STUART POPHAM............................................................................................. Senior Partner, Clifford Chance LORD ROBERTSON............................ Deputy Chairman, Cable and Wireless and former Secretary General, NATO ROLAND RUDD......................................................................................... Chairman, Business for New Europe KORI SCHAKE............................................. Research fellow, Hoover Institution and Bradley Professor, West Point LORD SIMON ............................................................ Former Minister for Trade and Competitiveness in Europe PETER SUTHERLAND....................................................... Chairman, BP p.l.c. and Goldman Sachs International LORD TURNER ..................................................................................... Chairman, Financial Services Authority ANTÓNIO VITORINO...................................................................................... Former European Commissioner IGOR YURGENS..................................................................... Chairman of the Board, Bank Renaissance Capital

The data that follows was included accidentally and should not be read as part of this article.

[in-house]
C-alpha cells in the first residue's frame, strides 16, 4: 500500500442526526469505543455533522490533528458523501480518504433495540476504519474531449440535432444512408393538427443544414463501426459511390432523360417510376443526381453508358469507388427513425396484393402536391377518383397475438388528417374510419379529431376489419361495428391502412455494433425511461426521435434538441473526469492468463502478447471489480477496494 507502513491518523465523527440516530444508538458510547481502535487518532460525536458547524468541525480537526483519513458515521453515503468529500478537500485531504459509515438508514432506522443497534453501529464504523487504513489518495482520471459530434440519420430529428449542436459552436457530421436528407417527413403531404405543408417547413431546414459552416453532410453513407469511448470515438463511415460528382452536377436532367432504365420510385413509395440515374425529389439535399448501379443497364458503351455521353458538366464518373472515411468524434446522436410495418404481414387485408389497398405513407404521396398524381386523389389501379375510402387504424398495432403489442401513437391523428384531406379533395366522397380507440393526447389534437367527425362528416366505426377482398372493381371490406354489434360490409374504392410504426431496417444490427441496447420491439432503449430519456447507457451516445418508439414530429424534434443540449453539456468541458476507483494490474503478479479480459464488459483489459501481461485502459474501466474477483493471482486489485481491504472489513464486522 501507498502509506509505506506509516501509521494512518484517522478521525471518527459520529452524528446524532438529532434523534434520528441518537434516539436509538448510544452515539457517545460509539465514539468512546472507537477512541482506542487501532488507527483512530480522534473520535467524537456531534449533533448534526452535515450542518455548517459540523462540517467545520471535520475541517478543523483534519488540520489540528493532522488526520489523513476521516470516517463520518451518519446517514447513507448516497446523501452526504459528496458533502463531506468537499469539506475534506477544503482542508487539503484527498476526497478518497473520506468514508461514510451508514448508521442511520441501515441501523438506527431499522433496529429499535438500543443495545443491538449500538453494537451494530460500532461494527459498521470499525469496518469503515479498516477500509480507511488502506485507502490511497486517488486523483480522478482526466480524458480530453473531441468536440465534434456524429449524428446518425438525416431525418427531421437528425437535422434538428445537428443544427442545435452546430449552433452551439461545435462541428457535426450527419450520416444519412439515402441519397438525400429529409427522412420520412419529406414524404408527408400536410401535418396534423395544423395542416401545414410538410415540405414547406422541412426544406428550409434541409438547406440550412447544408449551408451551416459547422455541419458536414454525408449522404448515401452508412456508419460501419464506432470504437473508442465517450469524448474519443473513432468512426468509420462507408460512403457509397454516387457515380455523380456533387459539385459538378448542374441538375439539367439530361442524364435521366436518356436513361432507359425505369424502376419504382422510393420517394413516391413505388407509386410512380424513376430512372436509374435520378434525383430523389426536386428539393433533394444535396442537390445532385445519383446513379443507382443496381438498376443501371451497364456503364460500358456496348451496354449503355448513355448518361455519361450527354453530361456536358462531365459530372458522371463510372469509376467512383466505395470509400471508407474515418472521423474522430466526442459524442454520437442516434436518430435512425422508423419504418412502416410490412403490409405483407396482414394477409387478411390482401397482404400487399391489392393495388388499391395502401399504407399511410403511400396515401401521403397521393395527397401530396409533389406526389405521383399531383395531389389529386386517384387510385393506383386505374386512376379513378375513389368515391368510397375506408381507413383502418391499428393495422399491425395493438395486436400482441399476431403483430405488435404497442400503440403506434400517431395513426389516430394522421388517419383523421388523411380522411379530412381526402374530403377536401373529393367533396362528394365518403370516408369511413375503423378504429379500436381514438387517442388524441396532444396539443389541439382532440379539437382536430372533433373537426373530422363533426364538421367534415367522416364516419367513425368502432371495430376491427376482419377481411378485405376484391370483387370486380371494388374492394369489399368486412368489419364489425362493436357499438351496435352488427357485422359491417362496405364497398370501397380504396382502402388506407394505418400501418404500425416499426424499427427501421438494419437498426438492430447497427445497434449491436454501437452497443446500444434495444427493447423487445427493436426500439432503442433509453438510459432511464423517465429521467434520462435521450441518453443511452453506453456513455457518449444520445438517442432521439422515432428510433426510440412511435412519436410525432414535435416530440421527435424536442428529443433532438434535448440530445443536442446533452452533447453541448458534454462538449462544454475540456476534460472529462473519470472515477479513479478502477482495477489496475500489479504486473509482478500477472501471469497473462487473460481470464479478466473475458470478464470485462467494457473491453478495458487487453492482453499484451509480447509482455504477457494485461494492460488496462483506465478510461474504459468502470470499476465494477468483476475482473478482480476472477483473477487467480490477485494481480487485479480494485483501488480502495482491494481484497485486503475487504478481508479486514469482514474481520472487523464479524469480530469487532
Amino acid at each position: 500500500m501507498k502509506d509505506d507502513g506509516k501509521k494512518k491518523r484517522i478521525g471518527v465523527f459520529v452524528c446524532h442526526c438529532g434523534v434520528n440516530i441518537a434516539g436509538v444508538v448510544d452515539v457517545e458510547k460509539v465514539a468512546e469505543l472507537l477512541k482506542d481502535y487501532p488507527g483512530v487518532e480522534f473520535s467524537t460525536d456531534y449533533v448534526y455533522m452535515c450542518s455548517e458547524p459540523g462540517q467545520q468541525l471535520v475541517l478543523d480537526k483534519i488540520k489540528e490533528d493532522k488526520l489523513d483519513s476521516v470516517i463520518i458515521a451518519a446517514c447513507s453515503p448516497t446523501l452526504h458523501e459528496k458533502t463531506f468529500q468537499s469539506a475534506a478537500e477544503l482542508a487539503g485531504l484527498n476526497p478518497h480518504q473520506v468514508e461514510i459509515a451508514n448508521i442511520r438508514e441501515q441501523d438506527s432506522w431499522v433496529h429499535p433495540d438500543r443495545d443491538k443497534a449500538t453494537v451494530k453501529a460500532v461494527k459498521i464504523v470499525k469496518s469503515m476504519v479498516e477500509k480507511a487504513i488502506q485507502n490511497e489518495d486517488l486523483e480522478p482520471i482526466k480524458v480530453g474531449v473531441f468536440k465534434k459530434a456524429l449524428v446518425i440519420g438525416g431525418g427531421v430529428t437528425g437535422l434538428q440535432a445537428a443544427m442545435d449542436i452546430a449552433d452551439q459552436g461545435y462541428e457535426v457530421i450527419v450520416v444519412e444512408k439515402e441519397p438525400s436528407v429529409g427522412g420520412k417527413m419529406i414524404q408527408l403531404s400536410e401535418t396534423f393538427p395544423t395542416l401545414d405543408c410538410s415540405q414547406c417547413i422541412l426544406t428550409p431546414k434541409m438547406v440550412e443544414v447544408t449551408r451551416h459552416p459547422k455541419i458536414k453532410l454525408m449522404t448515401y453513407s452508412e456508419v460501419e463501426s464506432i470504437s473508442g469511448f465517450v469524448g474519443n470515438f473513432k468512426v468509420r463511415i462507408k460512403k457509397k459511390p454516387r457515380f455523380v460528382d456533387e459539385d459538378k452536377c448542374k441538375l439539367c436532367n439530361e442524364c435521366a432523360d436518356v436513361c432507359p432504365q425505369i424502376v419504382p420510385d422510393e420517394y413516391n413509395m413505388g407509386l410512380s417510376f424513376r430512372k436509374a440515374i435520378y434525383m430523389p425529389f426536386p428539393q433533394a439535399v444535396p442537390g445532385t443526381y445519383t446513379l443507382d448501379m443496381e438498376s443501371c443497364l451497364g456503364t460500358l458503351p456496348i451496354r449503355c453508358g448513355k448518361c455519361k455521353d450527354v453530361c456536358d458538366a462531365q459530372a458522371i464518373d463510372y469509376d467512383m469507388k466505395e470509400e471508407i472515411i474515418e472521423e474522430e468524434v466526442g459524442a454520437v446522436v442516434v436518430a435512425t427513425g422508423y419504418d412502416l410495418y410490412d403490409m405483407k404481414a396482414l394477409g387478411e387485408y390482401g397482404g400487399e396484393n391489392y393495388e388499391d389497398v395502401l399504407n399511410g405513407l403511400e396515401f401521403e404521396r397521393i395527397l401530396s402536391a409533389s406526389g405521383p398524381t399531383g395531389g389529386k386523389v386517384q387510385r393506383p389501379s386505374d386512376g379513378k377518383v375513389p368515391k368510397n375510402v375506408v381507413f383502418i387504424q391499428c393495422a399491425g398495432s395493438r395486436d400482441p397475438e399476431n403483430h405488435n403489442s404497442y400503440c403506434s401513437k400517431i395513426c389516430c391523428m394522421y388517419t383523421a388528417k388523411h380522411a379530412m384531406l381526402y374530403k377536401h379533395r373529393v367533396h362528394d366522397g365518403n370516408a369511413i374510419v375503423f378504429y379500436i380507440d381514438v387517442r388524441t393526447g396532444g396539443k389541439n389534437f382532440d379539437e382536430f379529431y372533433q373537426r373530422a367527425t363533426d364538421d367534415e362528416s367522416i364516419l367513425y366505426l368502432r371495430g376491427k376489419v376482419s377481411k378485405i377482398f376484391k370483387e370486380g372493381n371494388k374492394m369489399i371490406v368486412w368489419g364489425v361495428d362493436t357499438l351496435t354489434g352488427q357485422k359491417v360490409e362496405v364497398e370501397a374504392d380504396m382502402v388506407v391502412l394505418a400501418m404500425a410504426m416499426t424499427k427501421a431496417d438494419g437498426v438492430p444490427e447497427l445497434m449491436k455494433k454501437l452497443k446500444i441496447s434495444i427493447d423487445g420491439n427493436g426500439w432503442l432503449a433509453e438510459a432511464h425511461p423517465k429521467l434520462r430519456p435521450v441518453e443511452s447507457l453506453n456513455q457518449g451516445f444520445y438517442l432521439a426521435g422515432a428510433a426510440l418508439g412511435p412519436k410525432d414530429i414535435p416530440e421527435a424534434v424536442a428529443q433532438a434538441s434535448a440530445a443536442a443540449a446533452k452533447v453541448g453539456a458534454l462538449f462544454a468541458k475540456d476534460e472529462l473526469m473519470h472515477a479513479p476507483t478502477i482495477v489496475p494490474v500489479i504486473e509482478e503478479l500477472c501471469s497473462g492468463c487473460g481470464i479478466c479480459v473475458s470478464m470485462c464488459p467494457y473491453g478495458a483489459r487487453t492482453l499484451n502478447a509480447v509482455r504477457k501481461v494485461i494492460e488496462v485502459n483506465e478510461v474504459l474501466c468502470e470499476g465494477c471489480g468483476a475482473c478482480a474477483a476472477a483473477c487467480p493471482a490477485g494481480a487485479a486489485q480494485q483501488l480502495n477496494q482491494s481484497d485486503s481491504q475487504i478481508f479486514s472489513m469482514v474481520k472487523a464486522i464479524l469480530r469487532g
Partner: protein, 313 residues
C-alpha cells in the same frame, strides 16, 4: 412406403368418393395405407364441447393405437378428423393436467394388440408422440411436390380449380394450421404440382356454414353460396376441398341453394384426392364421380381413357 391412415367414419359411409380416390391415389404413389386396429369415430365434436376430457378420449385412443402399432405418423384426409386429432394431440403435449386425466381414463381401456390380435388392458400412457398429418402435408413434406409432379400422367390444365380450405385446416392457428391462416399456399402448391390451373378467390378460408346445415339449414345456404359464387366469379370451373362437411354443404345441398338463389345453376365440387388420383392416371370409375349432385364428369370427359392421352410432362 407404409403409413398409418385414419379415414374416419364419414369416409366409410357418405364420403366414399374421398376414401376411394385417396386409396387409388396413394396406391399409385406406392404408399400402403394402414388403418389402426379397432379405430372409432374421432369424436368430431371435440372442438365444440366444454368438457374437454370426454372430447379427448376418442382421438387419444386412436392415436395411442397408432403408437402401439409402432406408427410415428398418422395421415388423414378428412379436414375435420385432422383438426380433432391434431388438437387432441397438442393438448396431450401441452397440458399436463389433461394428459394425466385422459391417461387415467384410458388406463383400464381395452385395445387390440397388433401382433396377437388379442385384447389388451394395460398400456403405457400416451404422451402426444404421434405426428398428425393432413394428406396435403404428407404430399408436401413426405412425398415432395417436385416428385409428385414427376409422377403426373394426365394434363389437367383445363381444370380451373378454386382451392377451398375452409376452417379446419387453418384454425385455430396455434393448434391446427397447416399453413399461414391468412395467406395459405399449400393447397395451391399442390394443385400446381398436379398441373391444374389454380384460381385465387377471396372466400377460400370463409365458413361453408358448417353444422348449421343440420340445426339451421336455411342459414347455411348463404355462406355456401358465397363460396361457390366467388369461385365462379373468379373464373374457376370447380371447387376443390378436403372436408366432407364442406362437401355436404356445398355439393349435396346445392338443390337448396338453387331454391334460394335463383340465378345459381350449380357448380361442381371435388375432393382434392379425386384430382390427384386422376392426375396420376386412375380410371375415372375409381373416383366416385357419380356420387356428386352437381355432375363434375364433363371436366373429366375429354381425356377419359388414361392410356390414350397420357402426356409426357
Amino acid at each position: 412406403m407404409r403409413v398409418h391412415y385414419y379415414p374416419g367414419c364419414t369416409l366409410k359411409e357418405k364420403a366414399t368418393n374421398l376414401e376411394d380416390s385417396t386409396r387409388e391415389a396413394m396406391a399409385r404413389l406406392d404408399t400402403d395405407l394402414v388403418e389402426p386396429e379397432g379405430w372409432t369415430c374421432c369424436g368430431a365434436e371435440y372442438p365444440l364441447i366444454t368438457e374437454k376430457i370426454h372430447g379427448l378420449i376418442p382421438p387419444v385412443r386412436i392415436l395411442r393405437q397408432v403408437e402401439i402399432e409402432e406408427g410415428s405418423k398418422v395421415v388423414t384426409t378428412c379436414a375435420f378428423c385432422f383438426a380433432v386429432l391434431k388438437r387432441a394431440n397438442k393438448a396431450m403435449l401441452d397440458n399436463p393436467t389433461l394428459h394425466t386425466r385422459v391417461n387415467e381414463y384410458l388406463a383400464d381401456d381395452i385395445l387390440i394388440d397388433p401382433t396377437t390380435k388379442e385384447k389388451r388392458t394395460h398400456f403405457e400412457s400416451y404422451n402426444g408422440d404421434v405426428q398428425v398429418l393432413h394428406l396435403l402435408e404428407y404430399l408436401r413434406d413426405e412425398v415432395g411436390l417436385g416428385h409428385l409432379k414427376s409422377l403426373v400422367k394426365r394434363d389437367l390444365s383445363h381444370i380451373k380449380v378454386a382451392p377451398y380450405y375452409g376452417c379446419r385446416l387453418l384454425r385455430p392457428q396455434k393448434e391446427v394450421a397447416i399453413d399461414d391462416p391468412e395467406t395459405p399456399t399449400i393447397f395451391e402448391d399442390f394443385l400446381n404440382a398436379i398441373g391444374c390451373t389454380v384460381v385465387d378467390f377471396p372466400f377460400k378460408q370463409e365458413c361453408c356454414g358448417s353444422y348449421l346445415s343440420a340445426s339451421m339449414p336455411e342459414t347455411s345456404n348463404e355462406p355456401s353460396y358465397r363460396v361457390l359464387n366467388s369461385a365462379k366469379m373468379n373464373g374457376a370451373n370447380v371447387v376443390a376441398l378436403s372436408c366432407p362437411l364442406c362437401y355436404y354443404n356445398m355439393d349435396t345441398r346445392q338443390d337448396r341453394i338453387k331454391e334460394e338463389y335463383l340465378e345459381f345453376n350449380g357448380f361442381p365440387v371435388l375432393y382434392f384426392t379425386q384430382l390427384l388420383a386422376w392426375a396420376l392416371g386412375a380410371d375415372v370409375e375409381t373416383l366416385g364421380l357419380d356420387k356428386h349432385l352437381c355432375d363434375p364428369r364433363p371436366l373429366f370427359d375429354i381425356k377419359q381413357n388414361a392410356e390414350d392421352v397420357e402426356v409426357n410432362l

Published by the Centre for European Reform (CER), 14 Great College Street, London, SW1P 3RX Telephone +44 20 7233 1199, Facsimile +44 20 7233 1117, email@example.com, www.cer.org.uk © CER DECEMBER 2009 ★ ISBN 978 1 901229 93 6
With contributions by Katinka Barysch and Hugo Brady
ABOUT THE AUTHOR
Charles Grant has been director of the Centre for European Reform since its foundation in 1998. Previously he worked for Euromoney and The Economist (as its City correspondent, Brussels correspondent and defence editor). His biography of Jacques Delors, ‘Inside the House that Jacques built’, was published by Nicholas Brealey in 1994. He was a director and trustee of the British Council from 2002 to 2008.
About the author About the other contributors Author’s acknowledgements
ABOUT THE OTHER CONTRIBUTORS Katinka Barysch is deputy director of the Centre for European Reform. She writes about energy policy, Russia, Turkey and Eastern Europe. Hugo Brady is a senior research fellow at the CER. He works mainly on justice and home affairs, and EU institutions.
AUTHOR’S ACKNOWLEDGEMENTS I would like to thank those who have commented on drafts or helped in other ways, including Katinka Barysch, Hugo Brady, John Kerr, John Monks, Clara Marina O’Donnell, Denis MacShane, Simon Tilford, Stephen Tindale, Tomas Valasek and Philip Whyte. I have also been helped by many Conservatives, who would probably prefer to remain anonymous. Thanks to Kate Mullineux for design and layout. ★
Copyright of this publication is held by the Centre for European Reform. You may not copy, reproduce, republish or circulate in any way the content from this publication except for your own personal and noncommercial use. Any other use requires the prior written permission of the Centre for European Reform.
Cameron’s Europe: Can the Conservatives achieve their EU objectives?
Box: Sovereignty and Germany’s constitutional court
Box: Britain’s special deal on justice and home affairs
Box: ‘Social Europe’ loses momentum
Cameron’s Europe: Can the Conservatives achieve their EU objectives?